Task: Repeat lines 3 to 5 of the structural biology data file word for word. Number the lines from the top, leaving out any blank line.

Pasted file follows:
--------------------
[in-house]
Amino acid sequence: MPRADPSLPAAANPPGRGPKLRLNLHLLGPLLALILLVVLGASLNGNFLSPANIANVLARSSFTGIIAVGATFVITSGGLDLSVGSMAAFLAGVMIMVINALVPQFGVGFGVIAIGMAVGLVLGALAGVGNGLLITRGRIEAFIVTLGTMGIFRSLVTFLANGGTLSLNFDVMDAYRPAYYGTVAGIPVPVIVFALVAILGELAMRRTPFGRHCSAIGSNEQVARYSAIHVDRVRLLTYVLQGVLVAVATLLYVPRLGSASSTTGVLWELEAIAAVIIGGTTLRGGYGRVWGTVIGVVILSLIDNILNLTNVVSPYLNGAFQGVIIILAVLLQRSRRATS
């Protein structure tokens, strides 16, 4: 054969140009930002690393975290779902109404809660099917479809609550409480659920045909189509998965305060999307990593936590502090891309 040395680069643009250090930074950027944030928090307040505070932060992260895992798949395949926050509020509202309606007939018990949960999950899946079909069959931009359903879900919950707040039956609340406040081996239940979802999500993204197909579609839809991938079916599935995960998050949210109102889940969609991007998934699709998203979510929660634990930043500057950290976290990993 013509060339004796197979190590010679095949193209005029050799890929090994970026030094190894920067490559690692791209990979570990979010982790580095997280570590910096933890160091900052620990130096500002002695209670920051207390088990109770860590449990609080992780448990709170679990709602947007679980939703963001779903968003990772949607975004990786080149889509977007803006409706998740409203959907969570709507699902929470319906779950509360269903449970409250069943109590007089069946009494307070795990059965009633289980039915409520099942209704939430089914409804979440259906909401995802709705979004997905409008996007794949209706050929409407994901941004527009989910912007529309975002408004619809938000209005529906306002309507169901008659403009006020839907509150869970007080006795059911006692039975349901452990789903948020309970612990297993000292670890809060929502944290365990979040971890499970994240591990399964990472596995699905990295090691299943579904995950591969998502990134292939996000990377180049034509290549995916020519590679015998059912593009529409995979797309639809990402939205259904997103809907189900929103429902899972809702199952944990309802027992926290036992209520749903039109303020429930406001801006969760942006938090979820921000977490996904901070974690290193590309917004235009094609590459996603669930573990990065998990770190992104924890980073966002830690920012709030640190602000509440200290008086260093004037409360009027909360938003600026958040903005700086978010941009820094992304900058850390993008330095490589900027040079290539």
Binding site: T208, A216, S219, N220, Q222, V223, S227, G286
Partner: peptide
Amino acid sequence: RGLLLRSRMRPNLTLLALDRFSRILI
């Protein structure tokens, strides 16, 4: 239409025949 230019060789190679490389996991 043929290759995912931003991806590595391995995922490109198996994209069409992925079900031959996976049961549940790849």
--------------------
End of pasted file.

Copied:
């Protein structure tokens, strides 16, 4: 054969140009930002690393975290779902109404809660099917479809609550409480659920045909189509998965305060999307990593936590502090891309 040395680069643009250090930074950027944030928090307040505070932060992260895992798949395949926050509020509202309606007939018990949960999950899946079909069959931009359903879900919950707040039956609340406040081996239940979802999500993204197909579609839809991938079916599935995960998050949210109102889940969609991007998934699709998203979510929660634990930043500057950290976290990993 013509060339004796197979190590010679095949193209005029050799890929090994970026030094190894920067490559690692791209990979570990979010982790580095997280570590910096933890160091900052620990130096500002002695209670920051207390088990109770860590449990609080992780448990709170679990709602947007679980939703963001779903968003990772949607975004990786080149889509977007803006409706998740409203959907969570709507699902929470319906779950509360269903449970409250069943109590007089069946009494307070795990059965009633289980039915409520099942209704939430089914409804979440259906909401995802709705979004997905409008996007794949209706050929409407994901941004527009989910912007529309975002408004619809938000209005529906306002309507169901008659403009006020839907509150869970007080006795059911006692039975349901452990789903948020309970612990297993000292670890809060929502944290365990979040971890499970994240591990399964990472596995699905990295090691299943579904995950591969998502990134292939996000990377180049034509290549995916020519590679015998059912593009529409995979797309639809990402939205259904997103809907189900929103429902899972809702199952944990309802027992926290036992209520749903039109303020429930406001801006969760942006938090979820921000977490996904901070974690290193590309917004235009094609590459996603669930573990990065998990770190992104924890980073966002830690920012709030640190602000509440200290008086260093004037409360009027909360938003600026958040903005700086978010941009820094992304900058850390993008330095490589900027040079290539």
Binding site: T208, A216, S219, N220, Q222, V223, S227, G286
Partner: peptide